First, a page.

Food for Thought: Quali-tea masala chai

Dive into the cultural, political, or personal significance of food

Illustration of a person in thinking pose, with thought bubble above filled with image of a cup of chai
Masala chai is a customary Indian household staple. Illustration: Alyssa Marie Umbal / The Peak

By: Tamanna T., Staff Writer

Chai, more specifically masala chai, is a staple in every Indian household. Made with numerous herbs and spices, like cardamom (my favourite spice) and cloves, the aroma has become calming and nostalgic to me. Chai is now immensely popular in the West — it is readily available in grocery stores and your local Starbucksbut nothing compares to an Indian mother’s homemade blend.

I remember watching my mom make chai early every morning for my dad. As my parents grew older, I took on the responsibility of making chai most mornings until I left for university. Making chai is an integral part of many Indian people’s lives, and seeing that it has been well-received in Canada warms my heart (as long as no one says “chai tea,” which translates to “tea tea”).

Want to learn how to make Indian masala chai? There are a variety of recipes online, but an important aspect of making it is to use whole milk and brew it more than once, which creates a significant difference in the taste, quality, and aroma. For a dairy-free alternative, you can use any milk substitute like soy, almond, or oat milk. Out of these, my preference is almond milk.

Instead of sugar, I suggest using jaggery, an unrefined substitute primarily used in Asia and Africa. It’s a healthier alternative and can be found in any Indian store. You can use honey if jaggery is not readily available. 

Here is one way to make chai:

Masala chai (4 cups)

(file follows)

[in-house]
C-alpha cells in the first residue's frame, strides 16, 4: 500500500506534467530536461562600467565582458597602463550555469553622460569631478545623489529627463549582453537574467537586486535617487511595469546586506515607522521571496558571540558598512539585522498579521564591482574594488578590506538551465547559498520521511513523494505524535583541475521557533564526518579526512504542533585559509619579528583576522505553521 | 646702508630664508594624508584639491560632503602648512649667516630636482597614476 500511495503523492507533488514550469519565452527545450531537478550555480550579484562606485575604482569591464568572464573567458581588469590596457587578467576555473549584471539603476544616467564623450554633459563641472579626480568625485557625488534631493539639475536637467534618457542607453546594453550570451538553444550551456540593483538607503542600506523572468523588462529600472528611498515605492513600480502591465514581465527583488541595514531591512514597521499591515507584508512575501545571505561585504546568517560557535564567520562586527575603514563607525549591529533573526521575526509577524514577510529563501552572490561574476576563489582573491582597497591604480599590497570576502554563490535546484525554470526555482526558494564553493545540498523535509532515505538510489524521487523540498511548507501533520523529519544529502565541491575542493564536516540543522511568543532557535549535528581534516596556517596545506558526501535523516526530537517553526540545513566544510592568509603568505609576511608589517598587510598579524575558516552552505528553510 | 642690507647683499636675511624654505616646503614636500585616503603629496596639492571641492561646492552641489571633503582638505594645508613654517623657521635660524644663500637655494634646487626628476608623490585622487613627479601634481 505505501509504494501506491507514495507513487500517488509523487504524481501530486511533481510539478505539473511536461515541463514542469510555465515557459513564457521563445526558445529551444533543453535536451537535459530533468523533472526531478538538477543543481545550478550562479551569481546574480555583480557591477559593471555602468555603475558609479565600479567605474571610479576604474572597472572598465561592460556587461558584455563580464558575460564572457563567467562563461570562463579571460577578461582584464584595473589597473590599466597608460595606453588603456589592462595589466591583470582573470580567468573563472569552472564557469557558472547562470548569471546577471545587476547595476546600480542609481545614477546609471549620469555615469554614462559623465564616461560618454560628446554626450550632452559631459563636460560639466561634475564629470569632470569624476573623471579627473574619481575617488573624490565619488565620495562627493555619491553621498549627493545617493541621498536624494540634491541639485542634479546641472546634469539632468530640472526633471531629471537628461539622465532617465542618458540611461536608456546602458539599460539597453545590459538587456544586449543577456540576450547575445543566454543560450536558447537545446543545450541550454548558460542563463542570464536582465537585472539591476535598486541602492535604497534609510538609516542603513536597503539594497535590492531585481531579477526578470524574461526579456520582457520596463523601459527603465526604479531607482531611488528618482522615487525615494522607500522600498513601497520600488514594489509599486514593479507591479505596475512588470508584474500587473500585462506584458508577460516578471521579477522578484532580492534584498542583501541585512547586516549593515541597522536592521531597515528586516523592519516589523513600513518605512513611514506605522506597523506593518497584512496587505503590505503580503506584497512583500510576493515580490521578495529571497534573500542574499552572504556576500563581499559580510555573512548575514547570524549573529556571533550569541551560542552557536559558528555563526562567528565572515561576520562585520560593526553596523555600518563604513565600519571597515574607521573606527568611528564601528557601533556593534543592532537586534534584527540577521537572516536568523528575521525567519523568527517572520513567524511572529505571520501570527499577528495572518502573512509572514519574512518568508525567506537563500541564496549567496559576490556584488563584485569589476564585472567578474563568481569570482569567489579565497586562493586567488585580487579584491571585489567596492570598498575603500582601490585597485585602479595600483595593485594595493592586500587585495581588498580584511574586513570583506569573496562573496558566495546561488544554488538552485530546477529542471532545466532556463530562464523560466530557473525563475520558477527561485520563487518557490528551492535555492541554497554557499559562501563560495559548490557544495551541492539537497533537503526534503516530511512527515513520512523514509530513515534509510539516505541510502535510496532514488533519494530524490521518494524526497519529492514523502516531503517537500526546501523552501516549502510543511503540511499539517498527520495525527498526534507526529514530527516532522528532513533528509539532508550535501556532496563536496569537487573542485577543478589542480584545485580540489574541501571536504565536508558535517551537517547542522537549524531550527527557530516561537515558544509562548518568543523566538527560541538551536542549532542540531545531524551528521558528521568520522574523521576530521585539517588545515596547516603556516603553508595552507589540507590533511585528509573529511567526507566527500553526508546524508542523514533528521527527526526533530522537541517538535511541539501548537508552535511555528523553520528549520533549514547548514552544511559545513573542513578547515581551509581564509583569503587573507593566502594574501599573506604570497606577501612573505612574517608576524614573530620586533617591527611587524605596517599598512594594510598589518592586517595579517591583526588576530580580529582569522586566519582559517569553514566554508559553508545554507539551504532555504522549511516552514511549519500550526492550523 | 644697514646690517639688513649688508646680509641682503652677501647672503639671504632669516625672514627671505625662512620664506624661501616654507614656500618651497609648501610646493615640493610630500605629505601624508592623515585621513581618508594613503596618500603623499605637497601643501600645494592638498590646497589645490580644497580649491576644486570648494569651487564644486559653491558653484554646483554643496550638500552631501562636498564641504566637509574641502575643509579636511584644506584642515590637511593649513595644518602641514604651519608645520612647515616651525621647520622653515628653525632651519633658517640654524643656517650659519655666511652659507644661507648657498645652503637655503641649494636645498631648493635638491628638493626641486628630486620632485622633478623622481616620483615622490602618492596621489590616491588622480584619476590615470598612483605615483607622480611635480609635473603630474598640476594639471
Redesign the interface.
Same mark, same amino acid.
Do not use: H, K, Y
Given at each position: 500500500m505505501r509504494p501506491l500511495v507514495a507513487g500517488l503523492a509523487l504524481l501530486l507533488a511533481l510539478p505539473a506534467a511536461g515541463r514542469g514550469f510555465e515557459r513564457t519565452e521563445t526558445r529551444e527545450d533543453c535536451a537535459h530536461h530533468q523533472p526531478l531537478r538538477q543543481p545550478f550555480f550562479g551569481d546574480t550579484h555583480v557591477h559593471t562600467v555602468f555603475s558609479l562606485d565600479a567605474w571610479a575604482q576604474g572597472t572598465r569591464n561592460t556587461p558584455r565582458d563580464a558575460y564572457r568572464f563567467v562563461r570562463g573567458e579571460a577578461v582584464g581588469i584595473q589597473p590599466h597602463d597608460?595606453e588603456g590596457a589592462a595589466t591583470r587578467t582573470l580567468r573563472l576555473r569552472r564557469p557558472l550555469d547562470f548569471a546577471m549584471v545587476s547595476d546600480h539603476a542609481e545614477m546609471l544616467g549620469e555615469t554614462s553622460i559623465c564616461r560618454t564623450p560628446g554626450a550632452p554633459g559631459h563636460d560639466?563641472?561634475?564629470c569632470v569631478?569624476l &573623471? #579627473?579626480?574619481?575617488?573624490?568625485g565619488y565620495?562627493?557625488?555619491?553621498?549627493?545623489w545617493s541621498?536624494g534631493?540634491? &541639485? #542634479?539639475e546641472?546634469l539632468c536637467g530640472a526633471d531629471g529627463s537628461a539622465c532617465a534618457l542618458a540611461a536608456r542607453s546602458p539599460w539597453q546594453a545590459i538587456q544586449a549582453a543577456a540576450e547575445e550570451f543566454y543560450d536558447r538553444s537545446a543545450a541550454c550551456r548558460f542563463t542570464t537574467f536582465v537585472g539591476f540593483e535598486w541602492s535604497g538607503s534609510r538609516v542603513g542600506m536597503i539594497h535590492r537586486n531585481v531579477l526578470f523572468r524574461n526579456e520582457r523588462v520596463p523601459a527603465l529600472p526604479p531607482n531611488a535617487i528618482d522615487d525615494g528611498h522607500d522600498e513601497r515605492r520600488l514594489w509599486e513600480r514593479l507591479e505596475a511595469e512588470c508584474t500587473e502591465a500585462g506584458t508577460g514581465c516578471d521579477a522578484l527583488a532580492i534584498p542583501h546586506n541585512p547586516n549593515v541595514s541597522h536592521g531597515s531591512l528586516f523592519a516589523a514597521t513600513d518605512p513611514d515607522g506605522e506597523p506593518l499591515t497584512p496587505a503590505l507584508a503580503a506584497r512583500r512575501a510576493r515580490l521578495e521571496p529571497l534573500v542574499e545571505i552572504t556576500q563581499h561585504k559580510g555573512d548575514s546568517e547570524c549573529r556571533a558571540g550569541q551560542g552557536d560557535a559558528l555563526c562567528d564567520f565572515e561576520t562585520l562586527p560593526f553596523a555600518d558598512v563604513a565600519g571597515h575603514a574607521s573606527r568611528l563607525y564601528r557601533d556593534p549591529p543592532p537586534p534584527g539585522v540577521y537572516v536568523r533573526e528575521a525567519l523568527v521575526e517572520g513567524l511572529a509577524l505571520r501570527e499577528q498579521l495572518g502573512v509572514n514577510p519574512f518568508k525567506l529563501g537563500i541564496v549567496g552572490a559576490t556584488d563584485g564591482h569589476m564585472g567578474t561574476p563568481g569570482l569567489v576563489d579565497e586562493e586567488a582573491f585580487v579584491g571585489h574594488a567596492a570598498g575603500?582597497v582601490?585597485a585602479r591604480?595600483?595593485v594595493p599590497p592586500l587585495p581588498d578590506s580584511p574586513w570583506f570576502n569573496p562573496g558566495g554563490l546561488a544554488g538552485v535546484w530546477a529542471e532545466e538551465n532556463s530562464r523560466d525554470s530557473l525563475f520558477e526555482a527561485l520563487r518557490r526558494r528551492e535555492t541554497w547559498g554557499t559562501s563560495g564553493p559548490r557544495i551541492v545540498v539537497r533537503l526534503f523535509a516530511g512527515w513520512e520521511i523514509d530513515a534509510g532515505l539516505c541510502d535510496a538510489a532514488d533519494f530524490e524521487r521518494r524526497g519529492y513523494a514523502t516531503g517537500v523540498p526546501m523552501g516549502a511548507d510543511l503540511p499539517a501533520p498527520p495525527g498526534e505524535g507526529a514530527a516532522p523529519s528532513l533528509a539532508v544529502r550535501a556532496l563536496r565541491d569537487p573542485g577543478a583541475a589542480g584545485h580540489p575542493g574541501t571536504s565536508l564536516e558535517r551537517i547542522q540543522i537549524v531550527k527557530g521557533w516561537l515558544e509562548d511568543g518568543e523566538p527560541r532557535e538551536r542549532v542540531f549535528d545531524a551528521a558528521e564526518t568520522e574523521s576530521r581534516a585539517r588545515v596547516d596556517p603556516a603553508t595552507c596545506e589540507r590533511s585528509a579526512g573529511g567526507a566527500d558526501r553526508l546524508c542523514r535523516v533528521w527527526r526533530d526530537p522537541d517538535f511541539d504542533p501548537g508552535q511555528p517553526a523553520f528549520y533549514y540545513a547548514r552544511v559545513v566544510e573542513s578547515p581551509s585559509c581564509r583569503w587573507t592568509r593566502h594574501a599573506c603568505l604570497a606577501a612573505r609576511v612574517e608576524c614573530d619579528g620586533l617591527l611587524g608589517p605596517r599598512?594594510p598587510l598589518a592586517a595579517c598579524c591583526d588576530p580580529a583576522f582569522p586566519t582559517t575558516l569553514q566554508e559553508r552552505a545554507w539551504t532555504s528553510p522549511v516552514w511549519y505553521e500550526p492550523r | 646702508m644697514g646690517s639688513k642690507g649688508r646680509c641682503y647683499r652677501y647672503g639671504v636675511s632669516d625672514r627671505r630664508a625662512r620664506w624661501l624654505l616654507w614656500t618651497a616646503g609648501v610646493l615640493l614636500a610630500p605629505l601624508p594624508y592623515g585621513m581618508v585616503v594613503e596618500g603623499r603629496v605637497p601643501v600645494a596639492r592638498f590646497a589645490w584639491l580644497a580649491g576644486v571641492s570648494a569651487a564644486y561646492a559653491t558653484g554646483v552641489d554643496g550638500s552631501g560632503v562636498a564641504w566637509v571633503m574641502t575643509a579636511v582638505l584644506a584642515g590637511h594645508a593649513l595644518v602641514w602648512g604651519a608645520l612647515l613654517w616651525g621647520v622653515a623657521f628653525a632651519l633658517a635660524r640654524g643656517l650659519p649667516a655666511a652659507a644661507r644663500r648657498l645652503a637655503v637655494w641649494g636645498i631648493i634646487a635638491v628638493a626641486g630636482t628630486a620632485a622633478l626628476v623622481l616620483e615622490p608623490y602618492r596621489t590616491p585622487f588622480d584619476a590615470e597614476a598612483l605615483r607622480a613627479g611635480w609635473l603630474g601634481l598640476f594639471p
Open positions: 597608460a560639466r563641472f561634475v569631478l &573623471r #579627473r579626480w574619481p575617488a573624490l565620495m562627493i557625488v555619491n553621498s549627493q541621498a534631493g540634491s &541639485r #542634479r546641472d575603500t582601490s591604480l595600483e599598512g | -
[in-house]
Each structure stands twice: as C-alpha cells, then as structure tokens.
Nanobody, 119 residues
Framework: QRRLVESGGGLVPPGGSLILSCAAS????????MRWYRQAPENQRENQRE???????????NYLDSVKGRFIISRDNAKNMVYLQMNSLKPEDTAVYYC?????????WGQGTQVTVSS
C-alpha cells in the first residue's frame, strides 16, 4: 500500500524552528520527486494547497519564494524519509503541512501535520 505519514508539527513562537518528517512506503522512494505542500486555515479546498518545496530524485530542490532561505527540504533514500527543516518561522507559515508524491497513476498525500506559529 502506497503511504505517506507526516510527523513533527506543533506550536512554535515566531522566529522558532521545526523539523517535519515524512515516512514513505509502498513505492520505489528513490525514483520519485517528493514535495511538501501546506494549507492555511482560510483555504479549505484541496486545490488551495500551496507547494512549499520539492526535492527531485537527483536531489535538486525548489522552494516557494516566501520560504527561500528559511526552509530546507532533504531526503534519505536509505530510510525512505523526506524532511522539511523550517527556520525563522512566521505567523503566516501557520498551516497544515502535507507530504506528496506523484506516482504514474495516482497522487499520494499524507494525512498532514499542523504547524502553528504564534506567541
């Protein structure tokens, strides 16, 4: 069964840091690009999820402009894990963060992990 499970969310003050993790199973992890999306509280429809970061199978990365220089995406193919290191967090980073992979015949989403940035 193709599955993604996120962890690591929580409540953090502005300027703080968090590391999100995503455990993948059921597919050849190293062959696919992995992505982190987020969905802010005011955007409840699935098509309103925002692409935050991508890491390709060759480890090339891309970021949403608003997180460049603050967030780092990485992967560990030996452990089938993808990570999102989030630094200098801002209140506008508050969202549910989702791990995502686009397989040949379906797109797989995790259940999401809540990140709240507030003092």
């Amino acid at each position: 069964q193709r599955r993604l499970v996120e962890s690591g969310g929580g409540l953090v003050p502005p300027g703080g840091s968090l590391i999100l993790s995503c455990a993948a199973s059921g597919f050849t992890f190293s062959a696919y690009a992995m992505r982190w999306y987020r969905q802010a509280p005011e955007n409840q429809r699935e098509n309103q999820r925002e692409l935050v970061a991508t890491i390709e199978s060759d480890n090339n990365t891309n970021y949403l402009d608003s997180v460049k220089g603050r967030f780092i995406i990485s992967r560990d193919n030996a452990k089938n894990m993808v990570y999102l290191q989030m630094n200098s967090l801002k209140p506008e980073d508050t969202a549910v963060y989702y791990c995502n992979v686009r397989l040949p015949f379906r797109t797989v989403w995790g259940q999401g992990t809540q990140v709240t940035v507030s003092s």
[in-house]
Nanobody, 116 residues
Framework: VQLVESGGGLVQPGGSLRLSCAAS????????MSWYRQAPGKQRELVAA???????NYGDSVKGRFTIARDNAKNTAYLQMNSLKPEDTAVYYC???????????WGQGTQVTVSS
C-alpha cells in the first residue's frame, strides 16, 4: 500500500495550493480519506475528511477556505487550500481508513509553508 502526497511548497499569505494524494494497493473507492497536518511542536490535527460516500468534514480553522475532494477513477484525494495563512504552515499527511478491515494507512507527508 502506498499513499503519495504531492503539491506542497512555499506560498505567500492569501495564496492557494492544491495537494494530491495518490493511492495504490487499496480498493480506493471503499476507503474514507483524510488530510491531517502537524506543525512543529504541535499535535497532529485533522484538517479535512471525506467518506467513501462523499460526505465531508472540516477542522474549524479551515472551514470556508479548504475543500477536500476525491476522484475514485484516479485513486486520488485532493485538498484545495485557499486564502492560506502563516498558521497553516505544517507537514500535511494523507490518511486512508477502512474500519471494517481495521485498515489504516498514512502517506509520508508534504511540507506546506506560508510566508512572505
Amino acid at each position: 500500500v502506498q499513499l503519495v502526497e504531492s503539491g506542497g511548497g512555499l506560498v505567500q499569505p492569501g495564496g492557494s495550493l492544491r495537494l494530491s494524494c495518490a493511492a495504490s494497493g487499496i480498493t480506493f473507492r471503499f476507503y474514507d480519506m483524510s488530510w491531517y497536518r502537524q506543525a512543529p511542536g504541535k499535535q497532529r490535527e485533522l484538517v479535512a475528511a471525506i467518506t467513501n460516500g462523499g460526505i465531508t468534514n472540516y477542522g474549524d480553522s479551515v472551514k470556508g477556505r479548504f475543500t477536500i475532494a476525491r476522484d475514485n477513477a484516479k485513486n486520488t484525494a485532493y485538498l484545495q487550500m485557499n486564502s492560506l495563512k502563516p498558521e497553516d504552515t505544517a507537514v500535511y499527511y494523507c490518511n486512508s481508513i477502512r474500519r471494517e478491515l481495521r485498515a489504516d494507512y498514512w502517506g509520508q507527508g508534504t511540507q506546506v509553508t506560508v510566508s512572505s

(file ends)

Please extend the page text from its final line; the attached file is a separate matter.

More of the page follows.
1. The main ingredient is the chai powder. For an alternative, use loose tea leaves (preferably black tea) or tea bags.

2. Crush 2 clove sticks, 2–4 cardamom pods, 1–2 peppercorns, and ½ a cinnamon stick into a rough powder. Traditionally, a pestle is used, but you can use a spice grinder or even a pepper crusher. Doing this will bring out the flavour of the spices and ensure it has the magnificent aroma everyone loves.

3. Put 2 cups of water in a medium-size pot or saucepan, and add the chai powder or loose leaves. If you want to use tea bags, 3 or 4 is the preferred amount.

4. For more flavour, add ginger powder or raw ginger skins and fennel seeds to the pot. Then add the masala chai spices that were crushed before to the water. 

5. Bring the mixture to a light boil once and let it simmer on low heat for about 4–5 minutes. Allow tea to boil enough that the water turns into a dark concoction. 

6. Add sugar/jaggery/honey according to taste and preference. Next, add whole milk or an alternative milk. Adjust the amount of milk as needed, but 1 cup should be more than sufficient. 

7. Let the mixture simmer for a minute before bringing it to a boil again; let it thicken and the spices will blend together effortlessly.

8. Filter the chai into teacups or mugs, and enjoy!

If you’re wanting to experience authentic masala chai in Vancouver, you can check out Chai Wagon on Cambie St.